There’s just something very evocative about a title like The Summer Son, so, before I picked up Craig Lancaster’s new novel, I was already filled to the brim with expectations. Great expectations, even.
But before I tell you about The Summer Son, let me say a few words about Craig Lancaster:
He’s such an overachiever. First off, his grammar is awesome. Secondly, he’s got a beautiful wife and two very cute dachshunds. Also, he rides a motorcycle. Oh, and he’s an award-winning novelist for his first novel, 600 Hours of Edward. So there’s that, you know.
And now, he’s written a new novel, The Summer Son. Told in swatches of time between the present (actually 2007, which is technically the past now, but don’t be so persnickety!) and a summer in 1979, the novel shares the story of narrator Mitch Quillen and his father, Jim. There’s a hint of a mystery in the book, with Lancaster leaving some plot points unrevealed until he absolutely has to. Most of the mystery can be solved with a little thought on the reader’s behalf, but that’s not the point of the book. The point is finding out how Jim and Mitch got to this place in their lives and where they need to go from here.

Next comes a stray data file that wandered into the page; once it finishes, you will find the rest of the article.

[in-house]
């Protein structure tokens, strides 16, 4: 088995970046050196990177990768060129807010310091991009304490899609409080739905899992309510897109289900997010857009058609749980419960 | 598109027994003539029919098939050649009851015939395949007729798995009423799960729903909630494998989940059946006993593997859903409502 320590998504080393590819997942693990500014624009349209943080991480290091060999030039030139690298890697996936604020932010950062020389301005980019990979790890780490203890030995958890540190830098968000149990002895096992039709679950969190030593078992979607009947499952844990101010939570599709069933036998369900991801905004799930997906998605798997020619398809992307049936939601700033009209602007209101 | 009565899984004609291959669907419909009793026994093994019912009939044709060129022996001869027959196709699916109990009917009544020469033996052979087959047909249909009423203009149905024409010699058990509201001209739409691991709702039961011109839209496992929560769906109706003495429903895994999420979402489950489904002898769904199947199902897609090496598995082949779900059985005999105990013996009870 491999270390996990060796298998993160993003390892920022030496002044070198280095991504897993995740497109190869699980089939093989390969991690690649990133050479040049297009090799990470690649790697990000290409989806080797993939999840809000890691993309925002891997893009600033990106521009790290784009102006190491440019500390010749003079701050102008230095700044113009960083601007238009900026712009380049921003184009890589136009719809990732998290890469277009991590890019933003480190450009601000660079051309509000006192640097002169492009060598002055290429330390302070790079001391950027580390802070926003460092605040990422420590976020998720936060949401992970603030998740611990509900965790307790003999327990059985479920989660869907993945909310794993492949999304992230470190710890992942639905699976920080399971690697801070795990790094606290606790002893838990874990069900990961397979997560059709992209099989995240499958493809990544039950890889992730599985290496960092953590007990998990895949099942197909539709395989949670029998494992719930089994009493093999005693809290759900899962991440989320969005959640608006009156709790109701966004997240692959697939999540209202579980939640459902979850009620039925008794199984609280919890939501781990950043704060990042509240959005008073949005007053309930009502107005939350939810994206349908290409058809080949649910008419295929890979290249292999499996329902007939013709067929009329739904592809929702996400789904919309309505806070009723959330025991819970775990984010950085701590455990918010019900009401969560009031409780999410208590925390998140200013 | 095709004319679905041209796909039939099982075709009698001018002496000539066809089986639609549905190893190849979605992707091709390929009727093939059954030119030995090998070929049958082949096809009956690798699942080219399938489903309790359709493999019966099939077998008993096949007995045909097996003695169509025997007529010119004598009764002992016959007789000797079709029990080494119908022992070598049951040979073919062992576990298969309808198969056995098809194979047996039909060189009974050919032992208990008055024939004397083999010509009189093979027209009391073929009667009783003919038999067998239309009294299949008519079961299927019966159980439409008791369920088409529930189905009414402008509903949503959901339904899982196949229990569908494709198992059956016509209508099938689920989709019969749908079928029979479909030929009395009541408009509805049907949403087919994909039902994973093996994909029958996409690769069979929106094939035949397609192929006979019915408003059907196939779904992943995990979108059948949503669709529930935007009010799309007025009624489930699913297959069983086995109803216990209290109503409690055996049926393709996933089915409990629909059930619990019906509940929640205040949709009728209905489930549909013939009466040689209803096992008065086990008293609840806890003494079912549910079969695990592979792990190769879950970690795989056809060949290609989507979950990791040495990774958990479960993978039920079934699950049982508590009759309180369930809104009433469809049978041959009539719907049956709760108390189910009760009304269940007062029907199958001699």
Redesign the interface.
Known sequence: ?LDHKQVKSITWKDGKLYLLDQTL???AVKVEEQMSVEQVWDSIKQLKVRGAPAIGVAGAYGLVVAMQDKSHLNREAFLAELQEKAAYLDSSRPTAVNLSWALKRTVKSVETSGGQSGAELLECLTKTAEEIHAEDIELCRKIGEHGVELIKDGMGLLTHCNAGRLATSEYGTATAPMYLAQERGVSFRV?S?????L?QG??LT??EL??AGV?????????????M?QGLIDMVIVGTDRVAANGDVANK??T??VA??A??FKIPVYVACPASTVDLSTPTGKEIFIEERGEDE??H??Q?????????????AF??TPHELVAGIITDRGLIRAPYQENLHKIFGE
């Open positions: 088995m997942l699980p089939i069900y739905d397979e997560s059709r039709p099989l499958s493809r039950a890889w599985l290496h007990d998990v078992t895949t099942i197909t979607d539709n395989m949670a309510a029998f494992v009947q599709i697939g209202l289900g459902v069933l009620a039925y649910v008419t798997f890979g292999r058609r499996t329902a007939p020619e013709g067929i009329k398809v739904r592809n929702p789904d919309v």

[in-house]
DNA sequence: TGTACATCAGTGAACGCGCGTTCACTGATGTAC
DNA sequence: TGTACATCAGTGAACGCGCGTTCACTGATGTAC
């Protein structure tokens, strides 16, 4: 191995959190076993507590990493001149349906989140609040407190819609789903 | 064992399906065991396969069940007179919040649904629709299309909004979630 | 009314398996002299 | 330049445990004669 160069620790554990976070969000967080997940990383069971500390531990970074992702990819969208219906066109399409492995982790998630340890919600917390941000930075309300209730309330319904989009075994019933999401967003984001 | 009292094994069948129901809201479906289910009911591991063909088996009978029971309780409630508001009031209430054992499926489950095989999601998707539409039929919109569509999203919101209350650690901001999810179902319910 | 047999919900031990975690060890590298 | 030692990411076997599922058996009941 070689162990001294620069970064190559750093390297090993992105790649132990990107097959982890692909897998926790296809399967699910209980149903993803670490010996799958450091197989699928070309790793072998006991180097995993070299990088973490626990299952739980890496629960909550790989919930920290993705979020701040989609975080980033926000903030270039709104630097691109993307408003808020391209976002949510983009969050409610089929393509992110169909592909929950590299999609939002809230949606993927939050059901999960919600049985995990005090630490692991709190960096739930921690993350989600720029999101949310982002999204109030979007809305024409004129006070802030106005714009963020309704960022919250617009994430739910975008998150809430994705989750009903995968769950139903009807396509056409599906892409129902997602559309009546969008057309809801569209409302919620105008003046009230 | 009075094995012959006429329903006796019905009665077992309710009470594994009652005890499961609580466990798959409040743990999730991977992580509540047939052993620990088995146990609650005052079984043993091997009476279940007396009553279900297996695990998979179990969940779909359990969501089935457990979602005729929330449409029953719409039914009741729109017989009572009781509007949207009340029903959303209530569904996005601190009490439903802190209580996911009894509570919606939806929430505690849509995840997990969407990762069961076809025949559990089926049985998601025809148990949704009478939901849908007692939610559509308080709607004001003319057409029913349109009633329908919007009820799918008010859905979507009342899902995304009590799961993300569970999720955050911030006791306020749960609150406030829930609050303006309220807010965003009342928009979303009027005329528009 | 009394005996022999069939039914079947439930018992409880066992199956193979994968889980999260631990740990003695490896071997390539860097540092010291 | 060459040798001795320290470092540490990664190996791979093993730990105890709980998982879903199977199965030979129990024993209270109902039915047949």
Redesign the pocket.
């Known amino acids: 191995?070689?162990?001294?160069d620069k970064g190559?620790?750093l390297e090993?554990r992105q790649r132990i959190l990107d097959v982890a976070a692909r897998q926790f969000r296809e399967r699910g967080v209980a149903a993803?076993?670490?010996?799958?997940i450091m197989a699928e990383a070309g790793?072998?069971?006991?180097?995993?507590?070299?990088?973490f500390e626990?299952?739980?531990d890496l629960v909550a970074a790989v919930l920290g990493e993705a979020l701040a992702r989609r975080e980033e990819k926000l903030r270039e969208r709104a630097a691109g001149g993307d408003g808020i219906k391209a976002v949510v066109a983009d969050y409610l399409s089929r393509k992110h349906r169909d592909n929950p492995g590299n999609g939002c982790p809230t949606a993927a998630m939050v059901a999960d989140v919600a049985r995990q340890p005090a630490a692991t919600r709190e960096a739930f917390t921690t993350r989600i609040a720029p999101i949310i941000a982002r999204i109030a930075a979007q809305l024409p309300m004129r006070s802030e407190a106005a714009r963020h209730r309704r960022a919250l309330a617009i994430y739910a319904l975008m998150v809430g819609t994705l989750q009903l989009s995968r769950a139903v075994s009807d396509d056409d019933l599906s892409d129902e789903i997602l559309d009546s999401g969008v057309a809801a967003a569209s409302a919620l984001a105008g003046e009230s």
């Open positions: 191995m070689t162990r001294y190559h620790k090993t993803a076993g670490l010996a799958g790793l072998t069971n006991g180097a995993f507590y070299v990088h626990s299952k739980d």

For a novel that definitely has its dark bits, The Summer Son is an optimistic read, finding hope for the reader where you wouldn’t expect to find any. Lancaster never strays from Mitch Quillen’s voice, and the interludes in 1979 are especially interesting, especially when the characters get working on the drilling rig. One reviewer describes it as “a classic western,” but don’t go in expecting any gunfights. Sure, there’s fistfights a-plenty and rattlesnakes galore, but the majority of the conflict is internal. Just like in real life.